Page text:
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Slover v Rellinger: Retrospective Capacity Assessment is Admissible Evidence

Voir Dire – Slover v Rellinger – February 21, 2019 Cv-16-00005069

Blog by Henry Howe of case review by Kimberly Whaley for STEP Toronto, September 2019

In estate litigation where capacity is an issue, the person whose capacity is in question is often deceased. Slover v Rellinger, a case for which the trial decision is not yet out, addressed the admissibility of retrospective capacity assessment as expert evidence.

The plaintiff retained Dr. Kenneth Shulman to carry out a retrospective capacity assessment. The defendant argued that a retrospective assessment constituted “novel science,” and should not be admitted. After receiving the evidence in its entirety, and hearing submissions from both parties, Sanfilippo J. ruled that the evidence was admissible, and would be incorporated into the trial record.

Sanfilippo J. applied the two-stage test for admissibility of expert opinion evidence from R v Abbey[1]. To be admissible, the evidence must meet the threshold requirements of admissibility, and the judge must determine that the benefits of the evidence outweigh its potential risks. To meet the threshold requirements, the evidence must be:

  • logically relevant
  • necessary
  • not subject to any other exclusionary rule
  • properly qualified
    1. impartial
    2. independent
  • unbiased
  • based on science that is “reliable for [its] purpose,” if it is based on “novel or contested science or science used for a novel purpose”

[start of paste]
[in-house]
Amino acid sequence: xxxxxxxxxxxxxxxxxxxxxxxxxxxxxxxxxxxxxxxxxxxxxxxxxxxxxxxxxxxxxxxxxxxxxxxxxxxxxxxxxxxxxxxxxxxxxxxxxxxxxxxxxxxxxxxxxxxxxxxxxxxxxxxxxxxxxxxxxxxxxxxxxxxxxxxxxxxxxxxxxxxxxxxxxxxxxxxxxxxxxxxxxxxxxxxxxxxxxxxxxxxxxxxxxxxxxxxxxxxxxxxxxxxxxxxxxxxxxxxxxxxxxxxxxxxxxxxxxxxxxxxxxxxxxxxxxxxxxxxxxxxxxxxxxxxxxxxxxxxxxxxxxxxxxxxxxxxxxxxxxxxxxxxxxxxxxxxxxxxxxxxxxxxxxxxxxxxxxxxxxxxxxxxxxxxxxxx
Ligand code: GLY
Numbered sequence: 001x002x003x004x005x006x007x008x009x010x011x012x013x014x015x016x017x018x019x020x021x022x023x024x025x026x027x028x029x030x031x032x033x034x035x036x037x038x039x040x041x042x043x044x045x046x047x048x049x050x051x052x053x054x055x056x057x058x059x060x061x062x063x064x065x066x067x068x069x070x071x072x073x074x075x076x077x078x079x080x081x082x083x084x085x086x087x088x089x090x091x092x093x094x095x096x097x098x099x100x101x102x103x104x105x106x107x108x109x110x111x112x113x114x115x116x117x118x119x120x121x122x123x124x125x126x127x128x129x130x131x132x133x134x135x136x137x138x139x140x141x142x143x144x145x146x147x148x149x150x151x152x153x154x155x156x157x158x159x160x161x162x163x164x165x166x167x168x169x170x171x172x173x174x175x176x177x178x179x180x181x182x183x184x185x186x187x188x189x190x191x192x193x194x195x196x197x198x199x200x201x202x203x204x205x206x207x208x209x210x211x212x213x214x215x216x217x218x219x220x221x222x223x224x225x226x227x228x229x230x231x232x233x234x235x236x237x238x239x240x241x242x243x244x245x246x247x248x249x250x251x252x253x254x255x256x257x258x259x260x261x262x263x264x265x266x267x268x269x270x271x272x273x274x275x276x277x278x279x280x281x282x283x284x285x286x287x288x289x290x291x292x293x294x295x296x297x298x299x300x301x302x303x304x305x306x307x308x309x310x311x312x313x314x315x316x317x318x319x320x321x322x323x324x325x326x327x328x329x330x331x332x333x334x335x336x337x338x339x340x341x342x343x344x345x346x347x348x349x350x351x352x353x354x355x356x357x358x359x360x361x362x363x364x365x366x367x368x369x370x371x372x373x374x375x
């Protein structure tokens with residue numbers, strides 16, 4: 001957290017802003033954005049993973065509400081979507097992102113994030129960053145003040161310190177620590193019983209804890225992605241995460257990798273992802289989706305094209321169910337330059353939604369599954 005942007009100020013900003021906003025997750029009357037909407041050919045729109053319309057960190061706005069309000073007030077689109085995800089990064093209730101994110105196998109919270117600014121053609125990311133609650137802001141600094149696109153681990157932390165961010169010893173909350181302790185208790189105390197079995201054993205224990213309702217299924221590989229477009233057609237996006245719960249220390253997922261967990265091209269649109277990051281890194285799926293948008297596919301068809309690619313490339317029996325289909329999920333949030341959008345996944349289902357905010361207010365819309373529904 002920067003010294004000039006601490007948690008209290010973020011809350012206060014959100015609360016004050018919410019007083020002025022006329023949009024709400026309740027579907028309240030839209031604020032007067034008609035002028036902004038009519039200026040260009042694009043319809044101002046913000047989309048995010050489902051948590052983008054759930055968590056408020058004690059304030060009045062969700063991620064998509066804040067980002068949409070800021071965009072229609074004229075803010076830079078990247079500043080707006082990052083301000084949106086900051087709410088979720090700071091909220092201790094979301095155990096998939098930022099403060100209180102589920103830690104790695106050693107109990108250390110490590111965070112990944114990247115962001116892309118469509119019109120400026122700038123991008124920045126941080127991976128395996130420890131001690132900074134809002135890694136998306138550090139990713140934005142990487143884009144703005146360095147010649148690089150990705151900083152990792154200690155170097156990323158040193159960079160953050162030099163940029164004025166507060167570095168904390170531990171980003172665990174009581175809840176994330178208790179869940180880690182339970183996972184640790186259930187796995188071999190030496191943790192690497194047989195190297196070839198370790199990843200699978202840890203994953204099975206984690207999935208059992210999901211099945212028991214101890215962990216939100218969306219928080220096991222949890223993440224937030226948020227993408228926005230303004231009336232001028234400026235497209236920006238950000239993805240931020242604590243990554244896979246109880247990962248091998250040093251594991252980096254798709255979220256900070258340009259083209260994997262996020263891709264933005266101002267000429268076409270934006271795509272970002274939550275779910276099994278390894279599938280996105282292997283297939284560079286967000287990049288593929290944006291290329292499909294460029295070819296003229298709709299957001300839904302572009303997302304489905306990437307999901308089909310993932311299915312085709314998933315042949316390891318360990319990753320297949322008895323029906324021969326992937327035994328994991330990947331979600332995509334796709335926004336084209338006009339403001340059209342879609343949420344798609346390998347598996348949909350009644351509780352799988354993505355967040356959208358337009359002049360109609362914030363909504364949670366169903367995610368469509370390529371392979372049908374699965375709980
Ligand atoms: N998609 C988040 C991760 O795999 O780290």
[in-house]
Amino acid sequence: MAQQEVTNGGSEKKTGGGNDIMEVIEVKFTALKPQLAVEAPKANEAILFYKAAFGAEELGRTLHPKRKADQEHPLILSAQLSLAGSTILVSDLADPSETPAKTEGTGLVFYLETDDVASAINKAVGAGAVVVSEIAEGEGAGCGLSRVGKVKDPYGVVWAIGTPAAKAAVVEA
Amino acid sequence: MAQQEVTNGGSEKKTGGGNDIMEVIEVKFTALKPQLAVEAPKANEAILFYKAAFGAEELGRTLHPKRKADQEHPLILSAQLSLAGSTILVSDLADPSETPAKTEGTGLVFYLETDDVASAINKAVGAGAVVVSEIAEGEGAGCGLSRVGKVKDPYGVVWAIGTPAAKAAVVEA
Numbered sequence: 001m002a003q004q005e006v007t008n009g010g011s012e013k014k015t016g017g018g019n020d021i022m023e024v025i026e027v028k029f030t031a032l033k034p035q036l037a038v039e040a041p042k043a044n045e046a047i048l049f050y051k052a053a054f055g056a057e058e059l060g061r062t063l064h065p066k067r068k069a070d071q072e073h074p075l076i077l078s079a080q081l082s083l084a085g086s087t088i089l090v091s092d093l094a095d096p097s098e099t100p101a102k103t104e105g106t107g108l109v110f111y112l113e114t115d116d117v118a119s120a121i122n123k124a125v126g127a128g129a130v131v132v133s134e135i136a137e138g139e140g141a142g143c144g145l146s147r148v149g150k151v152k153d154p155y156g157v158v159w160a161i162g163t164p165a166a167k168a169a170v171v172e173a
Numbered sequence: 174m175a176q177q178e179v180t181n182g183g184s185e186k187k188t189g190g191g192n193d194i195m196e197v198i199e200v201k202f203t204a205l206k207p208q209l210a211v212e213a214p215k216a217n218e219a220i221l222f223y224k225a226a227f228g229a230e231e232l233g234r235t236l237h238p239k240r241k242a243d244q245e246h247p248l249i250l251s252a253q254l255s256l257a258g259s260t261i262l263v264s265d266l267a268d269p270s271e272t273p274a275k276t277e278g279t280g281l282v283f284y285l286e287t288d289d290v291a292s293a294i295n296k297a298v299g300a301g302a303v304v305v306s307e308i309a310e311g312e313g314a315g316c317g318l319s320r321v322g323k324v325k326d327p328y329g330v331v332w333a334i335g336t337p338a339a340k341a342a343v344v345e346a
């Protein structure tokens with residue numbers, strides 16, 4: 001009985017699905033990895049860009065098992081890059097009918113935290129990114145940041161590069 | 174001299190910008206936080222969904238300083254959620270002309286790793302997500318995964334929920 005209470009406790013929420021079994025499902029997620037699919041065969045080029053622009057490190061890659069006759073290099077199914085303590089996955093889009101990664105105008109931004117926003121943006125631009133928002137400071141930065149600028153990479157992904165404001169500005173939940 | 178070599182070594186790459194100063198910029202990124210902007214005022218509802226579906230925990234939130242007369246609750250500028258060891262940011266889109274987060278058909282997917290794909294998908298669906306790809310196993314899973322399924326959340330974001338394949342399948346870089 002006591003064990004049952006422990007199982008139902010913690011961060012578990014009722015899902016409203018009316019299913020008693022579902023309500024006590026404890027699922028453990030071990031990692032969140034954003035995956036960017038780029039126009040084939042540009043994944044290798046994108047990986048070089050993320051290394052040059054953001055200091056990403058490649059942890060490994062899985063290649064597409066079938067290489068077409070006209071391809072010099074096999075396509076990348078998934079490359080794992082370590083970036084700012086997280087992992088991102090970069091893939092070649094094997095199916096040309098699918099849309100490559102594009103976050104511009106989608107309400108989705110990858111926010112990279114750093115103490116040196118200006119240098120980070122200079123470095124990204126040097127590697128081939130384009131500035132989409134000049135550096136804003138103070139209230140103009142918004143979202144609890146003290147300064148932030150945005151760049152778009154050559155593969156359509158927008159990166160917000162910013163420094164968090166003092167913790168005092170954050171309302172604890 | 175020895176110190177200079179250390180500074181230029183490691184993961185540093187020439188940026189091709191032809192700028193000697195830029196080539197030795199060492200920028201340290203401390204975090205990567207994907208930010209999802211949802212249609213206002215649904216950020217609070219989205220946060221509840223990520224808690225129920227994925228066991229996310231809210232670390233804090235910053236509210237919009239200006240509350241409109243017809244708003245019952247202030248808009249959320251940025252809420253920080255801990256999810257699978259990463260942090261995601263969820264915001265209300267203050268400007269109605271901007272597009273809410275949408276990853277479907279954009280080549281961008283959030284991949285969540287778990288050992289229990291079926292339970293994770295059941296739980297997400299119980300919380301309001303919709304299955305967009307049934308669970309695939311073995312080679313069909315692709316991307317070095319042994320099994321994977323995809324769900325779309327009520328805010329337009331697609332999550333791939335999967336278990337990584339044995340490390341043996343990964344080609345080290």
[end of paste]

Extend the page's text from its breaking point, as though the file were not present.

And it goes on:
The defendant argued that Dr. Shulman’s assessment was based on “novel science” because it was retroactive. Sanfilippo J. rejected this argument, noting that “many types of medical and psychiatric opinions offered in trials are retrospective in nature, such as certain types of defence medical examinations”. Retrospective capacity assessments were described as “viewing the same issue from a different perspective,” and found to be “far from novel in our courts”.

Sanfilippo J. also noted that the defendant had been unable to identify a single case in which a retrospective capacity assessment, used as psychiatric expert evidence, had been ruled inadmissible. The cost/benefit analysis at the second stage of the test also favoured admission.

This decision is important for estate litigators, who must often rely on retrospective assessments to address capacity concerns.

[1] R v Abbey, 2017 ONCA 640.

This paper is intended for the purposes of providing information only and is to be used only for the purposes of guidance. This paper is not intended to be relied upon as the giving of legal advice and does not purport to be exhaustive.

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